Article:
After testing the release of the wire net from the helicopter, an enlisted man with one stripe on his uniform says to Col. Calder, "The hook's working fine, sir!", to which Calder replies, "That's good, sergeant!" One stripe is the insignia of a private, not a sergeant.
The General, fearing that the space ship has sunk, points to a body of water on the map and says that the lost astronauts are now "20,000 leagues under the sea." Of course, it's a coy reference to the recent sci-fi flick 20,000 Leagues Under the Sea (and Jules Verne's novel). However, a league is about 3 miles; no ship could sink 60,000 miles under the sea since the earth isn't that large. The Verne title refers to the amount of miles traveled under the sea, not how deep the craft was operating. So the General has made a geographical error while trying to make a hip quip.
The scientists tell the news reporters that bullets have little effect on the creature because it has no heart or lungs, but a network of tubes, and yet when the creature is anesthetized, we see its chest rise and fall in a breathing fashion.
Near the beginning when the spaceship starts to sink, the meteor hole starts to go under water. The next shot is from the inside and the hole is still above the waterline. The next shot is outside and the hole is almost covered with water.
During the fight in the barn the stain on the Colonel's bandage grows from a small spot to two long streaks and then to a large stain covering most of the bandage. But when Marisa Leonardo asks to change the bandage the stain has shrunk to about half the size.
In the sequence where the large military helicopter is searching for the Ymir, there is an aerial shot taken from above the helicopter as it skims over the fields. The helicopter casts a big shadow as it flies, and if you look directly in back of that shadow you can see a smaller shadow trailing it, which is that of a smaller helicopter that is filming the scene.
It is stated that the craft was spotted by radar over Iceland at an altitude of 200, descending at 3,500 feet per minute. It was then tracked again later, still descending at 3,500 feet per minute, and they project the landing position. However, at that rate of descent, it would take 5 hours to fall 200 miles. During that time it would make over 3 orbits of the Earth, so it would not be possible to simply look at a map and point to a landing location.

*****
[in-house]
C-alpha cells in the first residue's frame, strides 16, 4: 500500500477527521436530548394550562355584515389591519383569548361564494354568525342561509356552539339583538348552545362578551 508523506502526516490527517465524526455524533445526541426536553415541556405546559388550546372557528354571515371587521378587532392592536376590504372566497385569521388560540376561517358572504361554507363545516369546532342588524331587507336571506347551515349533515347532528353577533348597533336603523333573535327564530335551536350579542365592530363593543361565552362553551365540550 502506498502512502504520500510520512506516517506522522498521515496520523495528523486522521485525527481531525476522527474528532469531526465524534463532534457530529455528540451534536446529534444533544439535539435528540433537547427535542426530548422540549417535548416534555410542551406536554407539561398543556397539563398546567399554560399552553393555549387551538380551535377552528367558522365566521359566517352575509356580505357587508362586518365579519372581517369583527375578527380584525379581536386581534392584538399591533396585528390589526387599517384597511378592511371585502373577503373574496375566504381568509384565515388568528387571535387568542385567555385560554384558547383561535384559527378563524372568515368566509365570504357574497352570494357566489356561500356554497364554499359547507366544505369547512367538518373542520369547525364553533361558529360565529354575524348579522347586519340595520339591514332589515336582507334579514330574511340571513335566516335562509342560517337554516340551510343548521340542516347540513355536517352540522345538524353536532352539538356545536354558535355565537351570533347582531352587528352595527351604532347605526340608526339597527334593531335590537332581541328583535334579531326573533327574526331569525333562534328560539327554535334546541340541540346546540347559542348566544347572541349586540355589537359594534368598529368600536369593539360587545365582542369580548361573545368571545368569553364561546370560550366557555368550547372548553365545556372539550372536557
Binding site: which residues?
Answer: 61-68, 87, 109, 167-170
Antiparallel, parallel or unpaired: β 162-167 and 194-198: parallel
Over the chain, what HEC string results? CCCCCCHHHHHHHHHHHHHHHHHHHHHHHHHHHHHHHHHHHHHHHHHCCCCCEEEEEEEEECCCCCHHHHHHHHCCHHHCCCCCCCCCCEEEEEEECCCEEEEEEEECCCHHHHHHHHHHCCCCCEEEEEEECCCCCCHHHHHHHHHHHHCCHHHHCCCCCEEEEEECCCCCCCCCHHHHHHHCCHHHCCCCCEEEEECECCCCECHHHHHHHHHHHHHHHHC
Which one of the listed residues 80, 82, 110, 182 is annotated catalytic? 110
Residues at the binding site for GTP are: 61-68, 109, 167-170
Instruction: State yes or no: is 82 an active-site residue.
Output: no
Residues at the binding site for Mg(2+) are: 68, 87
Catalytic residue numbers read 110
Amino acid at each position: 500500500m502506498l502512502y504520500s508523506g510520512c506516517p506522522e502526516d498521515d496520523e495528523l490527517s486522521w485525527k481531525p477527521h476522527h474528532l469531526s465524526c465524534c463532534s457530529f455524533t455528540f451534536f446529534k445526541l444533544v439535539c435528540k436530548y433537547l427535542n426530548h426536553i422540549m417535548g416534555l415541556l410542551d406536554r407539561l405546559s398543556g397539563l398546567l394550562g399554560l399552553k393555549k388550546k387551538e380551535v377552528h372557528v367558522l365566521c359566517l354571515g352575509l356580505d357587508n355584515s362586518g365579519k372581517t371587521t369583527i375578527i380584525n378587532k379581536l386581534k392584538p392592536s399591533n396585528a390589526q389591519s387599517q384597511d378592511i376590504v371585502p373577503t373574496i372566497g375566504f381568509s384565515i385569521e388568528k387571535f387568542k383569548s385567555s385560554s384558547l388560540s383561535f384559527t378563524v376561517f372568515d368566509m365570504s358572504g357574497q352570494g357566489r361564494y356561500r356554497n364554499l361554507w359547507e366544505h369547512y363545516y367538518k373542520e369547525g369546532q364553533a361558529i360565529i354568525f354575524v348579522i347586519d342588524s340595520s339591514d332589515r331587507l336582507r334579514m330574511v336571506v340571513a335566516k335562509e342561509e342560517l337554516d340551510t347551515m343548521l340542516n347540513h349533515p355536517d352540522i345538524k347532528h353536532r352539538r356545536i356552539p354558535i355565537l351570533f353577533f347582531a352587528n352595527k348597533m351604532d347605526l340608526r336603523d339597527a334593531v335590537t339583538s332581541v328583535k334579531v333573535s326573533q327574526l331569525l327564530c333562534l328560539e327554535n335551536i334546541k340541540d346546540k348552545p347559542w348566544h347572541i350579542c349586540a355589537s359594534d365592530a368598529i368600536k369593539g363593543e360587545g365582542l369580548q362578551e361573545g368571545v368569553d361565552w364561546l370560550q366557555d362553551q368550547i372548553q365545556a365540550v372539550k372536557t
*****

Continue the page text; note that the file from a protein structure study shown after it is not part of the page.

William Hopper's character, an Air Force Colonel (note clouds and lightning bolts on hat brim) would be wearing a navy blue hat with his tan uniform, not an olive drab Army hat. Also, General's stars and Colonel's eagles would be silver, not gold. (Colorized 50th Anniversary version).
The rate of descent by the space craft that is talked about at the beginning of the film is 3500 feet per minute. That is less then 60 mph. No object reentering the atmosphere from "space" could move so slow. Reentry speeds are measured in the thousands of miles per hour.
During the fight between the Ymir and the elephant, there is a tight shot of three men hiding behind a pillar of the viaduct. When the two animals get close, the turn and flee, one of them falling backwards, and another tripping over him. In a wider shot scene a few seconds later we see the same pillar, the same men run up to it, hide and watch the fight as before then turn and run, as before, tripping over each other. It's then same shot used two times closer/farther perspectives.